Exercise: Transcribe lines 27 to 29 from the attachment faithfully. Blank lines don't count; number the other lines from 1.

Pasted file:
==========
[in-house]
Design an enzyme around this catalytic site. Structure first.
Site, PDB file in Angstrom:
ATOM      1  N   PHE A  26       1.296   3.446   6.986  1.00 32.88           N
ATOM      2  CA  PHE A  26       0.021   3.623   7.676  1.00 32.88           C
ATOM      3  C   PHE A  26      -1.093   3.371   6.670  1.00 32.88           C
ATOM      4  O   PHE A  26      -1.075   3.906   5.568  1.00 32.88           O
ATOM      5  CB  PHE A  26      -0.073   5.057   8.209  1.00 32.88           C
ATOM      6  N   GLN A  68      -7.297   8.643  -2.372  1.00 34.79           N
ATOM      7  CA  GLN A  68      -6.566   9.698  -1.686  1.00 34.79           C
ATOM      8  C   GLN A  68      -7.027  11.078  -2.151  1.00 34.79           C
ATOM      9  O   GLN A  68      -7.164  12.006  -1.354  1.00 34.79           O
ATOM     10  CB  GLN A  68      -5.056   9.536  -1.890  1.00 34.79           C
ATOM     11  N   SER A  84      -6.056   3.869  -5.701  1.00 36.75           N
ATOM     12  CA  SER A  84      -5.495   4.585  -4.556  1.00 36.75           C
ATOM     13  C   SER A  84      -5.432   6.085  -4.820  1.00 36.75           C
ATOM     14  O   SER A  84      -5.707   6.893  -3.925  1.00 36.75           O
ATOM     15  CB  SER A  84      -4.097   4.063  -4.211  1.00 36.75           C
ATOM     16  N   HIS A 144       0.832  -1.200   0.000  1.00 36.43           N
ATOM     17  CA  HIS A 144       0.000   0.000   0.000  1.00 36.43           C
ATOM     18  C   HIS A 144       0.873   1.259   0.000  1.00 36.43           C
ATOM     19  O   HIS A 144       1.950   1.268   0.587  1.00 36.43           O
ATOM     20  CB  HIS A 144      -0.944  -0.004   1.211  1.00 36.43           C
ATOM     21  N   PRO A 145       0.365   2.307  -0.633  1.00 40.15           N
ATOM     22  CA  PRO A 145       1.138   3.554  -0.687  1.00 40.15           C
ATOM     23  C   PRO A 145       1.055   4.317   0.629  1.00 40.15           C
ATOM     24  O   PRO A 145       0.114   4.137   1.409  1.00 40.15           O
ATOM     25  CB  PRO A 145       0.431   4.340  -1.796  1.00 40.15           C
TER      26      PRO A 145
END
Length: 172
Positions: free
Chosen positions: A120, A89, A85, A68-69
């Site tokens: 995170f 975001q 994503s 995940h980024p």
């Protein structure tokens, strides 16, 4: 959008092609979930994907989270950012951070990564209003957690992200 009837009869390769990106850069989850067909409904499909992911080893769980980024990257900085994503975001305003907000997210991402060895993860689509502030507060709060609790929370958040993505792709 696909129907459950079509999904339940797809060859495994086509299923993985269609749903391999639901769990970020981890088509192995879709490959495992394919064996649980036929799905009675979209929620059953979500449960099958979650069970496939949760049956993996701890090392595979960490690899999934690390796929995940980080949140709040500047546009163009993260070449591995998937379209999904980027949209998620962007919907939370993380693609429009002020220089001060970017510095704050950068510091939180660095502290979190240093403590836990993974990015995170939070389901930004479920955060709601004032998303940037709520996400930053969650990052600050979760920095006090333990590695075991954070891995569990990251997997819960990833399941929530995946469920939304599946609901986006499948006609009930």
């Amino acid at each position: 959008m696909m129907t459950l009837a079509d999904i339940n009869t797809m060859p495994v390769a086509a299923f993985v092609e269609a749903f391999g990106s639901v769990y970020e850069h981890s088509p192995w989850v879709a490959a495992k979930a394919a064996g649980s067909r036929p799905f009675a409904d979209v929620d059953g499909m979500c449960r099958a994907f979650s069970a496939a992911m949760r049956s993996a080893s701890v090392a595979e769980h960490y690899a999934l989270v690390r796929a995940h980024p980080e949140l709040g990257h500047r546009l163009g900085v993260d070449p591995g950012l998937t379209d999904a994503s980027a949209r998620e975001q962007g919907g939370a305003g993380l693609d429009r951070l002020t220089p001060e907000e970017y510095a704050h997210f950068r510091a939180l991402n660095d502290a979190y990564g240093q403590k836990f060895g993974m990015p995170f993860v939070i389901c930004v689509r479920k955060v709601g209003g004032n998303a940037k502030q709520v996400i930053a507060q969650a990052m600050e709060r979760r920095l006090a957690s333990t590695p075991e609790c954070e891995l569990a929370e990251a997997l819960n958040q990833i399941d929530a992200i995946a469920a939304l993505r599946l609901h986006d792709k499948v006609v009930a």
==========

ATOM     24  O   PRO A 145       0.114   4.137   1.409  1.00 40.15           O
ATOM     25  CB  PRO A 145       0.431   4.340  -1.796  1.00 40.15           C
TER      26      PRO A 145